IMF Executive Board Completes First Review Under the Extended Credit Facility for Malawi and Approves US$20 Million Disbursement


The Executive Board of the International Monetary Fund (IMF) completed today the first review of Malawi’s economic performance under a program supported by the Extended Credit Facility (ECF). The Board’s decision enables the immediate disbursement of an amount equivalent to SDR 13.02 million (about US$20 million), bringing total disbursements under the program to an amount equivalent to SDR 26.04 million (about US$40.1 million).

In completing the review, the Executive Board approved a request for a waiver of the nonobservance of the end-September 2012 performance criterion on the level of net domestic assets of the Reserve Bank of Malawi (RBM). The three-year ECF arrangement for Malawi in the total amount of SDR 104.1 million (about US$156.2 million) was approved on July 23, 2012.

Following the Board’s discussion, Mr. Naoyuki Shinohara, Deputy Managing Director and Acting Chair, issued the following statement:

“Drought in parts of Malawi lowered overall growth in 2012, and threatened the subsistence of nearly 2 million people. A spike in food prices and the continuing depreciation of the kwacha contributed to a surge in inflation. The external economic environment has also been more difficult than anticipated. Despite these challenges, performance under the Fund-supported program has been satisfactory.
“Tight monetary and fiscal policies are needed now to stabilize the exchange rate and curb inflation. Accordingly, the Reserve Bank of Malawi (RBM) has appropriately discontinued a temporary facility for uncollateralized lending to banks and increased the policy rate in early December. Fiscal policy is also playing a role, including with the reactivation of the automatic adjustment mechanism for fuel prices which has cut untargeted subsidies that mainly benefit the better off. The bulk of the additional external financing provided by Malawi’s development partners will allow the government to increase outlays on social protection programs without increasing domestic borrowing, although the authorities are well advised to save a portion of those grants to build up international reserves from very low levels.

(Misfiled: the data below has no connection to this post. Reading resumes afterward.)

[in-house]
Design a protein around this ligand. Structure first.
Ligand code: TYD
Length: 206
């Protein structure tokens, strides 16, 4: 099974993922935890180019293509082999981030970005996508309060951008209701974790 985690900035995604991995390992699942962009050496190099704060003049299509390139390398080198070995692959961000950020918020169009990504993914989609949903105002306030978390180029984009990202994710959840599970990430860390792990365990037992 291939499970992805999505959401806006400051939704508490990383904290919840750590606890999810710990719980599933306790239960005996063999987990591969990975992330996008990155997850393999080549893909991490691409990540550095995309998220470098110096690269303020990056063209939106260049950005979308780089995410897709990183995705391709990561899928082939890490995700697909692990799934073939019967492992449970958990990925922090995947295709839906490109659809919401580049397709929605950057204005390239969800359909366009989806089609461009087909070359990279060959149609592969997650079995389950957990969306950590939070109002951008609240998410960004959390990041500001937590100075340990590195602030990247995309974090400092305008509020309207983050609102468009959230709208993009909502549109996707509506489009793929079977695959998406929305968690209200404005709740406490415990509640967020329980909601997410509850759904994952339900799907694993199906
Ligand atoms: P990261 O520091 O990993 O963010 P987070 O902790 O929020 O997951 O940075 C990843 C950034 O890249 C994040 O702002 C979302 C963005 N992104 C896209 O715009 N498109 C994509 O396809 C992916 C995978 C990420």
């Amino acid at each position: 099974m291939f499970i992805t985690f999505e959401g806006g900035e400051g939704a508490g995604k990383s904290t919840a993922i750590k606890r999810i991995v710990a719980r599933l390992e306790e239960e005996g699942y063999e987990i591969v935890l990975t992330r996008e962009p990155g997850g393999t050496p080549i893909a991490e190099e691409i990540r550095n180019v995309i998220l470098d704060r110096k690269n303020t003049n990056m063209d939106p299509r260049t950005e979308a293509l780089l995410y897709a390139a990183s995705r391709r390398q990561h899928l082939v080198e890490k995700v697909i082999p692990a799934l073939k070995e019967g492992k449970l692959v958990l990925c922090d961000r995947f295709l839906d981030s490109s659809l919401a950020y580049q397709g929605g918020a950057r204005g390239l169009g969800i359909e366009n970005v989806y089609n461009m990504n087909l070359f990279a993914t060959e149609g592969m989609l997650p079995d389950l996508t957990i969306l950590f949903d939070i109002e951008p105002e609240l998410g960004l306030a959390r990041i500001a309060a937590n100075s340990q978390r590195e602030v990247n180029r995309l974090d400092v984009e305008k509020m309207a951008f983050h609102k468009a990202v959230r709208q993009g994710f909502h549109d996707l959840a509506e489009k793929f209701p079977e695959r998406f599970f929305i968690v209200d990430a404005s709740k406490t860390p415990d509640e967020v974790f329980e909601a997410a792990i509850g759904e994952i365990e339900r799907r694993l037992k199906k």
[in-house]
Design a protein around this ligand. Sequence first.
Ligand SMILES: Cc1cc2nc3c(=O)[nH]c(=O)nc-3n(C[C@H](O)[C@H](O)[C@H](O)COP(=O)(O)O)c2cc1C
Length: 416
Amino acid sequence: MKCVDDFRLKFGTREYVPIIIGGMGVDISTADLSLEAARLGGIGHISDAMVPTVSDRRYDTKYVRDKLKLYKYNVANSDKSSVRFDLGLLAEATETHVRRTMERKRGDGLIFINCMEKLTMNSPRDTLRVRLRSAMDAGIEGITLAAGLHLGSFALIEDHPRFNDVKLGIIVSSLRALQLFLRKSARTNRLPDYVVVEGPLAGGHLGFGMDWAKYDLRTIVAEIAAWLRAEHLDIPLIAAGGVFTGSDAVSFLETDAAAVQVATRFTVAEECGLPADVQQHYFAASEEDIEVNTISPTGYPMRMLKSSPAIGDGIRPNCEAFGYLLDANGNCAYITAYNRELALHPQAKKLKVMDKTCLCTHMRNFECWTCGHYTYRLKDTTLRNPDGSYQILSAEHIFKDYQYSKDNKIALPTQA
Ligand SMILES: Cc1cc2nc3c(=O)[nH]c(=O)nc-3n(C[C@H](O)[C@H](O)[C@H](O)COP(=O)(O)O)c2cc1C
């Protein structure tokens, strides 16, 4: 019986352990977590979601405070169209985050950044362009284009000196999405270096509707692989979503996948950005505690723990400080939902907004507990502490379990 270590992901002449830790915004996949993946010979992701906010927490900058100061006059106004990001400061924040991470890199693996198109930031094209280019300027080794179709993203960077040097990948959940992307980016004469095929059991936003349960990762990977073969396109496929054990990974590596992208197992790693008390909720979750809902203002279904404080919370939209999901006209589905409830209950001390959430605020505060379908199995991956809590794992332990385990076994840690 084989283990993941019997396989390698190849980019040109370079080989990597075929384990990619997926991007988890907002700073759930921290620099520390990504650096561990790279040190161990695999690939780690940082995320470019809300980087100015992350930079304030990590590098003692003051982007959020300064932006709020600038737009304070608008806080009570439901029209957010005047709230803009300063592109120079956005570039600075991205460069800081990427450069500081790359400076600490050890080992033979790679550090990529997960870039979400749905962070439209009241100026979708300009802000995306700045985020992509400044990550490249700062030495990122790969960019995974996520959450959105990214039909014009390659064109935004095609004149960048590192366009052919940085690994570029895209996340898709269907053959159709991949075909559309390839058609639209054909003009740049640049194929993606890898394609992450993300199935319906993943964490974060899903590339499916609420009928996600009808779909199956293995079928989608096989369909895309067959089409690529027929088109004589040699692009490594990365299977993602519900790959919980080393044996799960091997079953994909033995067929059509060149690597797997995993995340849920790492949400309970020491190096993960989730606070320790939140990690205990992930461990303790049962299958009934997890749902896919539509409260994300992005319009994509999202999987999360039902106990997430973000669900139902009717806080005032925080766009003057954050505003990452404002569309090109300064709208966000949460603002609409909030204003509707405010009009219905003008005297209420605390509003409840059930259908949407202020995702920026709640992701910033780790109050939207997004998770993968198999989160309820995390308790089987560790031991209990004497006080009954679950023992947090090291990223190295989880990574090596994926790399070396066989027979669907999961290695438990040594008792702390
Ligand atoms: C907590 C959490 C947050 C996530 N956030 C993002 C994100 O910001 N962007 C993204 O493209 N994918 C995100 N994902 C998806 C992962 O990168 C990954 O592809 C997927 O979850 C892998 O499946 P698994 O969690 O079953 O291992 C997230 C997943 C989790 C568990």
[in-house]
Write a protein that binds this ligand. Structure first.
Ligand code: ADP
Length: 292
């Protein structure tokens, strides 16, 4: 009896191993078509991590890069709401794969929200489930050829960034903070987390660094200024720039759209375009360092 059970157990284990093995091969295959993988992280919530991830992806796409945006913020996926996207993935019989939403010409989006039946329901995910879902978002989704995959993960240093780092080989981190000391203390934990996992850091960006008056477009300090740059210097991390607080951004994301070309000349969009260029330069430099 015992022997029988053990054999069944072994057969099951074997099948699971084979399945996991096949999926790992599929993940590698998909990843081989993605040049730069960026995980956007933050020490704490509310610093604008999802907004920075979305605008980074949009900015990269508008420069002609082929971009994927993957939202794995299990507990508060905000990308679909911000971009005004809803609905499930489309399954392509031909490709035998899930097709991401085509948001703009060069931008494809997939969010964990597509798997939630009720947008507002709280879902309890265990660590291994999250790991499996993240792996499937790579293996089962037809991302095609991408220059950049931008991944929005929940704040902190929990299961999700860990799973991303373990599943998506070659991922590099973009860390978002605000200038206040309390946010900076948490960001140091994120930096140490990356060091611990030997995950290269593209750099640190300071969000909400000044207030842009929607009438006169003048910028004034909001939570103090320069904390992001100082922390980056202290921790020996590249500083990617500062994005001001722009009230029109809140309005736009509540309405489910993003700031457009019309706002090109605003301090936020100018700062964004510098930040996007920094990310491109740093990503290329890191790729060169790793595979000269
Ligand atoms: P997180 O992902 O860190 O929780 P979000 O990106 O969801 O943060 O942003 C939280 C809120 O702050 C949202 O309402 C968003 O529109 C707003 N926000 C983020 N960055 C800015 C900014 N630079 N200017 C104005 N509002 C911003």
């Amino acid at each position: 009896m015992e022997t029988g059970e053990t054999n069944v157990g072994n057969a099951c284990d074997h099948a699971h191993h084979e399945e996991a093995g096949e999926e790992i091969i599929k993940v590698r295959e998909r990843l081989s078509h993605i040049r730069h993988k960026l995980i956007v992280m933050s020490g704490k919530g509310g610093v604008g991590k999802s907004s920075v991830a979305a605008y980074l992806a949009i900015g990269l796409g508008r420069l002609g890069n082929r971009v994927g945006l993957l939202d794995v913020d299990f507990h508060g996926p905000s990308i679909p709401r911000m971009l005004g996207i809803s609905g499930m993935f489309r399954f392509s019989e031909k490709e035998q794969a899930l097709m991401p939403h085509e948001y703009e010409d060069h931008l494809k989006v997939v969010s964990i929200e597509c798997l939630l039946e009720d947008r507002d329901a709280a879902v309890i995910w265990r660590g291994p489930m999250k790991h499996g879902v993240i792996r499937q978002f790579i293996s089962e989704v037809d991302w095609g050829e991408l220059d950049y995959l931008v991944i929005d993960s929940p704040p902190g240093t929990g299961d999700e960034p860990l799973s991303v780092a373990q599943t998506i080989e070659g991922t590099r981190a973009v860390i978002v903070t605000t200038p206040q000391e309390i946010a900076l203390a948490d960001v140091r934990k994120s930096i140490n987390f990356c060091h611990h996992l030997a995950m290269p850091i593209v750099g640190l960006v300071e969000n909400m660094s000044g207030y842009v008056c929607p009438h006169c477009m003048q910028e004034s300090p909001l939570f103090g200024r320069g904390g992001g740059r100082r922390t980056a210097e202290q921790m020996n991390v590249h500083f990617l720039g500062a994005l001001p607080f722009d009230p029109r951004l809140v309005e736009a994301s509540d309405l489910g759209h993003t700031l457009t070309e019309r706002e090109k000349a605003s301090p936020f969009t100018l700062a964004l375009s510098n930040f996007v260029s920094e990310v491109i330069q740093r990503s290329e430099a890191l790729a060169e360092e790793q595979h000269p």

“The RBM has stepped up its oversight of banks with a view to addressing emerging threats to the stability of the financial system. It is paying particular attention to ensuring that banks facing persistent liquidity problems implement restructuring plans that put them back on a sound financial footing.

“The authorities are making good progress in implementing a wide range of structural reforms. On the budget side, reforms focus on strengthening tax and customs administration, as well as improving public financial management though greater expenditure control and the prevention of arrears. The authorities have also committed to removing regulatory hurdles to improve the investment climate and foster sustained and broad based growth.”

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